Daily Reflection: Why Would a Good God Allow Suffering?

It’s an old question. Four thousand years ago, a victim of personal, family, and financial reversals spoke to the silent heavens and pleaded, “Show me why You contend with me. Does it seem good to You that You should oppress, that You should despise the work of Your hands?” (Job 10:2,3,8). The questions are still being asked. “Does God hate me? Is this why He is allowing me to suffer like this? Why me and not others?”

There are answers. Not exhaustive, but enough to keep our pain in perspective. Enough to show us how to put suffering to work for us. In the following pages, RBC staff writer Kurt De Haan shows us that while heaven may not be answering all our questions, it is giving us all the answers we need to trust and love the One who, in our pain, is calling us to Himself.
Martin R. De Haan II

Elusive Answer

Life can be hard to understand. In trying to come to grips with the cold realities of our existence, we can easily become frustrated. We long for answers to the immense problem of suffering. We may even wonder if we will ever fully comprehend why bad things happen to good people and why good things happen to bad people. The answers often seem to be elusive, hidden, out-of-reach.

Oh, it makes sense that a terrorist would be killed by his own bomb. It makes sense that a reckless driver would be in a serious accident. It makes sense that a person who plays with fire would get burned. It even makes sense that a chain-smoker would develop lung cancer.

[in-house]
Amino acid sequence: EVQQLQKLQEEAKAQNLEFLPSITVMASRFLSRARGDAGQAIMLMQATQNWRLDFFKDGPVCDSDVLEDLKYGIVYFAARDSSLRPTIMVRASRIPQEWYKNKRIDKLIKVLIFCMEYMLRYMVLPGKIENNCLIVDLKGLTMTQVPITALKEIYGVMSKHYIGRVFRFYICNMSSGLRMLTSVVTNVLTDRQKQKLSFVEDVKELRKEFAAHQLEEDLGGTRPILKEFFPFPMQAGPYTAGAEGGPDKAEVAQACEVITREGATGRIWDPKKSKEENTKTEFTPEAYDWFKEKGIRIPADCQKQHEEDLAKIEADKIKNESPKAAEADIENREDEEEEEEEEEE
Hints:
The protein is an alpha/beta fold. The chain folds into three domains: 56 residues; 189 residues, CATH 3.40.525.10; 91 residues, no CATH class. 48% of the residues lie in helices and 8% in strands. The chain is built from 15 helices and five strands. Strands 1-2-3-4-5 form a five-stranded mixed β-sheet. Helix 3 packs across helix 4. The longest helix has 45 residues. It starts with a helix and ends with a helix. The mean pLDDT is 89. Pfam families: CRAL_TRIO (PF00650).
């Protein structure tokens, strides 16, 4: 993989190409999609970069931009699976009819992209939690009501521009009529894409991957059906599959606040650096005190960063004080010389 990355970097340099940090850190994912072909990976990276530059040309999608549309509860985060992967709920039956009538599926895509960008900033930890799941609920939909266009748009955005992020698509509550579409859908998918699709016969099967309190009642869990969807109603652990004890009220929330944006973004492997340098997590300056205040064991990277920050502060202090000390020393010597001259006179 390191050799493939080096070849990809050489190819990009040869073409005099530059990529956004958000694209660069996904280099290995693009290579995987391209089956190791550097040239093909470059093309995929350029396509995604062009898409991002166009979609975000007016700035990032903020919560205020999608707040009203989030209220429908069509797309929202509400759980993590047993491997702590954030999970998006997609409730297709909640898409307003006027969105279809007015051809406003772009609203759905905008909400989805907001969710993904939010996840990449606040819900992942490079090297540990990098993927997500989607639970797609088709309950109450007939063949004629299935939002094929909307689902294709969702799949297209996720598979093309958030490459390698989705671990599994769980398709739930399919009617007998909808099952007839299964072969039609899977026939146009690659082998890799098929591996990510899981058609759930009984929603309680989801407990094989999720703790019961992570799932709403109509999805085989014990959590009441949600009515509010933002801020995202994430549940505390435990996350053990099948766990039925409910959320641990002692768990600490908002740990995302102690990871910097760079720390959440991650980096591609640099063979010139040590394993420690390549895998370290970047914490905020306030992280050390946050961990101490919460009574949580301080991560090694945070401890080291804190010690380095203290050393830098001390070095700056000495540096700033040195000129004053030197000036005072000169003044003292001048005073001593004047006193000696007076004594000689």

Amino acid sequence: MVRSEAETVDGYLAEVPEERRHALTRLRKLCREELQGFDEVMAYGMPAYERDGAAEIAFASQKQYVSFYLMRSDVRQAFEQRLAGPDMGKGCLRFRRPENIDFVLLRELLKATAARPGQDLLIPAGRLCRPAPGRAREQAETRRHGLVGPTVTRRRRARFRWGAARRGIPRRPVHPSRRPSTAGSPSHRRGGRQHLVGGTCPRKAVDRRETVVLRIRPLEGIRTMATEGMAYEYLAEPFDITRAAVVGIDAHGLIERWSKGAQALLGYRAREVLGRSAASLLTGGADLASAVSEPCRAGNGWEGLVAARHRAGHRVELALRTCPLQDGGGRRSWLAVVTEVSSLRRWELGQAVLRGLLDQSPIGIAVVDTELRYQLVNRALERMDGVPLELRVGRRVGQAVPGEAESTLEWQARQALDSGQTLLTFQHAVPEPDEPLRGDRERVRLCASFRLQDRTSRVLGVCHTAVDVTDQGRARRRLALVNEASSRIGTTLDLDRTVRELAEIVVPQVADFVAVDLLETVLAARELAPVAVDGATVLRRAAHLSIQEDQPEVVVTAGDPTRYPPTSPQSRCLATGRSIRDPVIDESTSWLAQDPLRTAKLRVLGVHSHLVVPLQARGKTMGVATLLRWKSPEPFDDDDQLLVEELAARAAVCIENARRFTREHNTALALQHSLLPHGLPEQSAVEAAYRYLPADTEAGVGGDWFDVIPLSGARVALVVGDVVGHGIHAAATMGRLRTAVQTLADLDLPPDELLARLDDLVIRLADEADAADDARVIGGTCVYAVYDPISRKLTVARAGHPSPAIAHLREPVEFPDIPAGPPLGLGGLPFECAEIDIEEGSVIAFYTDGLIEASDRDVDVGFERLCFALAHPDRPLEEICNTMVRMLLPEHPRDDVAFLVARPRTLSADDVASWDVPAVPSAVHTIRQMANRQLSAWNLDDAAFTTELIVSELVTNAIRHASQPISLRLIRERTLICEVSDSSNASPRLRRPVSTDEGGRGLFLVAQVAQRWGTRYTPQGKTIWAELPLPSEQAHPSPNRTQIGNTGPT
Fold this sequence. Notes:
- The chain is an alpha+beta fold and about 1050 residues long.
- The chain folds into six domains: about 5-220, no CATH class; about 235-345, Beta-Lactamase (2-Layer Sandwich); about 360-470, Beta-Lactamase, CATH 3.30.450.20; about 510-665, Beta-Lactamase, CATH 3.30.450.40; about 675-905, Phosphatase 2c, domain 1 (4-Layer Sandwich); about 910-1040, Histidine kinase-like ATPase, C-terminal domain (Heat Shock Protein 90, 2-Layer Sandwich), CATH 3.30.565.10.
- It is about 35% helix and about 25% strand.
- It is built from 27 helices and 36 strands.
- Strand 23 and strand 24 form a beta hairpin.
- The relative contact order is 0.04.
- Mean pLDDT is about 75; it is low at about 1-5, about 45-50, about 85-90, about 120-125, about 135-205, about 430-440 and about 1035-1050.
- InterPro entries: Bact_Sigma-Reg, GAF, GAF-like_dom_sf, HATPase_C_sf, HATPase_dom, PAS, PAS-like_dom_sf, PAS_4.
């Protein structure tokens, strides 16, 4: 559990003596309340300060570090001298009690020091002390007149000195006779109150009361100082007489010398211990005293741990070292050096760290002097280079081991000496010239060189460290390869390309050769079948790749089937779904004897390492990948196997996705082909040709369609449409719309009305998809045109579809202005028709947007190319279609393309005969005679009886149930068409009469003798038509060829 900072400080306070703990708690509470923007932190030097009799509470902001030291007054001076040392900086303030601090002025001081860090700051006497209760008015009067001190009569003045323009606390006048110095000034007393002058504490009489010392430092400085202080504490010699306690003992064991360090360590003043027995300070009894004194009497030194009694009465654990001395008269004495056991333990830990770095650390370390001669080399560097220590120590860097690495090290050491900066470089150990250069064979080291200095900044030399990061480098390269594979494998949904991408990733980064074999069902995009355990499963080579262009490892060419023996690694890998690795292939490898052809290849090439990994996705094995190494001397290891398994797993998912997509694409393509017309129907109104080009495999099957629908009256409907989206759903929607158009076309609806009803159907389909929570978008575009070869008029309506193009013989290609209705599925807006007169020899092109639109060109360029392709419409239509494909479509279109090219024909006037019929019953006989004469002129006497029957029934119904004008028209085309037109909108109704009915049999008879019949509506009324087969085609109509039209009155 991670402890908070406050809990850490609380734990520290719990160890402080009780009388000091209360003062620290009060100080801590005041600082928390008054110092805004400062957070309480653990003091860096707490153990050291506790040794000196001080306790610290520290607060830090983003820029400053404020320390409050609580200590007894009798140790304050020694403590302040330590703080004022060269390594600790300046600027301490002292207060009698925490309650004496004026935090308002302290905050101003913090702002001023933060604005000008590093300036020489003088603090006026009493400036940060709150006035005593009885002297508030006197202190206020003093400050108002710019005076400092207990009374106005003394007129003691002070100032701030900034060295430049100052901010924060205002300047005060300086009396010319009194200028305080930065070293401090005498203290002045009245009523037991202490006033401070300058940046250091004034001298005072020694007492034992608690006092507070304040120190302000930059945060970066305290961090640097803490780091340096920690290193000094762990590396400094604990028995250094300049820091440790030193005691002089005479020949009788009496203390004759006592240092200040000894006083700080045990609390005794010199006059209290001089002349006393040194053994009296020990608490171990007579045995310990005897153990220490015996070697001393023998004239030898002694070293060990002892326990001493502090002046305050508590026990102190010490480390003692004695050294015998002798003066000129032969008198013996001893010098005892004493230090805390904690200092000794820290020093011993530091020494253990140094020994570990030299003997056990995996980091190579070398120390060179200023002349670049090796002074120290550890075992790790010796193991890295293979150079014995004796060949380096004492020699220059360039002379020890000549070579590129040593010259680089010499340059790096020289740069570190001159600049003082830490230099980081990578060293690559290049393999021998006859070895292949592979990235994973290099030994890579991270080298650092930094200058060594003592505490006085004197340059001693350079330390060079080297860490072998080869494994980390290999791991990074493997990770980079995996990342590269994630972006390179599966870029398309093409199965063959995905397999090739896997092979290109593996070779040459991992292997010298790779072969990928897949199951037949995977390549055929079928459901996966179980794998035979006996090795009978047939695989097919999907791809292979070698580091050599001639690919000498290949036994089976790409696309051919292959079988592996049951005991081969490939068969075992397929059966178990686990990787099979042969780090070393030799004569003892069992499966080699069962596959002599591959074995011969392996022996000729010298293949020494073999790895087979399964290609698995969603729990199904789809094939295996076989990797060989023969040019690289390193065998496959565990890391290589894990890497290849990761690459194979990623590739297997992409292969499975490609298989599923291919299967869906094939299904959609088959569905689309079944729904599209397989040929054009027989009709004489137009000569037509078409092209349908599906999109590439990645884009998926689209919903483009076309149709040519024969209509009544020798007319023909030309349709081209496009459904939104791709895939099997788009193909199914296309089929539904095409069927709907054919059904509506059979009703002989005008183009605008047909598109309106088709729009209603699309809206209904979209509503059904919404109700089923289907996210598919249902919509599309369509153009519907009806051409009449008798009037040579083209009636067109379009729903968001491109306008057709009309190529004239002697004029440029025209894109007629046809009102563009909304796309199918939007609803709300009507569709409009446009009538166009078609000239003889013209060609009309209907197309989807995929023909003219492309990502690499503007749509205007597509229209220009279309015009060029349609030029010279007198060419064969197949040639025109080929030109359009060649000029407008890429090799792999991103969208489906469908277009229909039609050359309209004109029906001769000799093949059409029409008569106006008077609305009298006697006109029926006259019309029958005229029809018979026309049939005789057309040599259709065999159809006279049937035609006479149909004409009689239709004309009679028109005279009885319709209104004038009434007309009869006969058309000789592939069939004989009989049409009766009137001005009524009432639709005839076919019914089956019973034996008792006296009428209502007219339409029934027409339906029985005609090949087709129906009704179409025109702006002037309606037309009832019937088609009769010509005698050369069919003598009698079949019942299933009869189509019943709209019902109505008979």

But what about the innocent men, women, and children who are killed by a terrorist’s bomb? What about the young driver who suffers severe brain damage because a drunk veered over the center line? What about the person whose home burns down due to no fault of his own? And what about the 2-year-old child with leukemia?

It is dangerous, even foolish, to pretend that we have a complete answer as to why God allows suffering. The reasons are many and complex. It’s just as wrong to demand that we should understand. When the Old Testament sufferer Job realized that he had no right to demand an answer from God, he said, “Therefore I have uttered what I did not understand, things too wonderful for me, which I did not know” (Job 42:3).

But God has given us some answers. Although we may not be able to know why one person gets singled out for a disease, we can know part of the reason why diseases exist. And even though we may not understand why we face a certain problem, we can know how to deal with the situation and respond in a way that pleases the Lord.

One more thing. I am not going to pretend that I fully understand the suffering that you personally may be experiencing. Although some aspects of human pain are common, the particulars are different. And what you may need most right now is not a four-point outline on why you are suffering or even what to do about it. What you may need most is a hug, a listening ear, or someone who will just sit with you in silence. Sometime along the way, however, you will want and need the truths of God’s Word to comfort you and help you to see your plight from God’s perspective.

You and I need more than untested theories. That’s why in the pages that follow I have tried to include the insights of people who have suffered a variety of physical and emotional pains. My prayer for you is that your faith in God will stand firm even when your world seems to be falling apart.